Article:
Moment Ukrainian ‘death ray’ weapon wipes out Russian soldiers as they wander through a field
- WARNING: DISTRESSING CONTENT: Footage captures the moment Russian soldiers were wiped out by Ukrainian shooting anti-tank weaponry at them
- Soldiers are seen walking through a field before three blasts kill them instantly
- People online have speculated that anti-tank missile Stugna-P shooter was used
Shocking footage has captured the moment a group of Russian soldiers were hit with an insane ‘death ray’ weapon as they walked through a field.
In the video, a group of Russian soldiers can be seen walking through a field with detonated mines in it. But moments later, many are killed and others seriously wounded in a blast from Ukrainian troops.
The footage shows the weapon, which is thought to be a Ukrainian anti-tank missile shooter, blast through the unit of soldiers, leaving behind a cloud of smoke.
The weapon, called the Stugna-P, has pinpoint accuracy and can penetrate amour up to 800mm thick. It is laser-guided and has a range of up to 5km and is thought to have been widely used by Ukrainian soldiers in the ongoing battle with Vladmir Putin‘s troops.
The footage shows the moment that the Russian troops are blasted by the weapon
The weapon, called the Stugna-P, has pinpoint accuracy and can penetrate amour up to 800mm thick. It is laser-guided and has a range of up to 5km
The Stugna-P is thought to have been widely used by Ukrainian soldiers in the ongoing battle with Vladmir Putin’s troops
The footage shows the weapon, which is thought to be a Ukrainian anti-tank missile shooter, blast through the unit of soldiers, leaving behind a cloud of smoke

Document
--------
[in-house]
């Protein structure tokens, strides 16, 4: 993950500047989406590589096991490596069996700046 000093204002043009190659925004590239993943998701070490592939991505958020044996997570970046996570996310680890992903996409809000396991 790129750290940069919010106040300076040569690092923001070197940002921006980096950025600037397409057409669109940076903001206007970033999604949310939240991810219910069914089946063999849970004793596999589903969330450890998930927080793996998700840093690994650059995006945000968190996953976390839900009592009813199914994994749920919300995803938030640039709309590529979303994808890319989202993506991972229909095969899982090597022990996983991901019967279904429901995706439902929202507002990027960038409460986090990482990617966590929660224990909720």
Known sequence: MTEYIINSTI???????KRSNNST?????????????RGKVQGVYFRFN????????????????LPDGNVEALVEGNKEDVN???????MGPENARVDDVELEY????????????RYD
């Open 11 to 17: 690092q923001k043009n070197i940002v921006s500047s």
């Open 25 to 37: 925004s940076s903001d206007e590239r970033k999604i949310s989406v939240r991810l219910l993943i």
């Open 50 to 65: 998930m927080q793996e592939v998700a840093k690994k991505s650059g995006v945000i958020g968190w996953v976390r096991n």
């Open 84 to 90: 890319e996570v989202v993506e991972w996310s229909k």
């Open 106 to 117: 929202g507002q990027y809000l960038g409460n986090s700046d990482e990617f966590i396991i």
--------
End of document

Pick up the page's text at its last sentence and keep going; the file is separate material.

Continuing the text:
In the video, a group of Russian soldiers can be seen walking through a field with detonated mines in it
The footage shows Russian soldiers rushing out onto the field to help those who have been hit. But just moments later, they are struck by a second blast as they carry the fallen across the field.
They then begin to flee from the field, before being shot at for a third and final time.
Footage then shows them laid across the field which is laden with black spots where mines have previously detonated.
Many people have taken to social media to try to deduce which weapon was used.
‘Stugna-P of TOW would be my guess,’ one wrote. ‘These systems are usually reserved for armoured vehicles’.
A TOW (Tube-launched, Optically tracked, Wire-guided’) is an American anti-tank missile. They were most notably used during the War in Afghanistan in the early 2000s.
Another person speculated that it was ‘possibly a Stugna-P’ that had been used adding it was a ‘little overkill to use HEAT missiles’.
HEAT (High Explosive Anti Tank) missiles are shaped charge explosives that are designed to penetrate heavy armour and, once embedded, detonate. These warheads were developed during World War II.
Others have suggested it could have been a Bayraktar, an unmanned drone manufactured in Turkey.
The latest video comes just weeks after more than 100 Russian troops were wiped out in one missile strike.
Using a Tochka-U missile, a weapon specifically designed to hit smaller targets deep in the enemy’s defence, Ukraine was able to use just one blast to kill Russian soldiers.
Elsewhere, three people were killed and six injured on Sunday by Russian missile strikes on Kherson that damaged a hospital and a school, the regional administration said.
A cloud of smoke can clearly be seen overhead after the deadly shot is fired
A total of three shots were fired at the Russian soldiers who were making their way across a field
Strikes were also reported in Ukraine’s second city, Kharkiv, in which one elderly woman was killed according to regional governor Oleh Synehubov.
More missiles hit today and images from Kharkiv showed firefighters desperately trying to extinguish flames amid the rubble of demolished buildings.
Russian troops had occupied Kherson shortly after Moscow’s invasion of Ukraine in February 2022, and held the city until Ukrainian forces recaptured it in November.
Since its liberation, the city has regularly been shelled from Russian positions across the Dnipro river.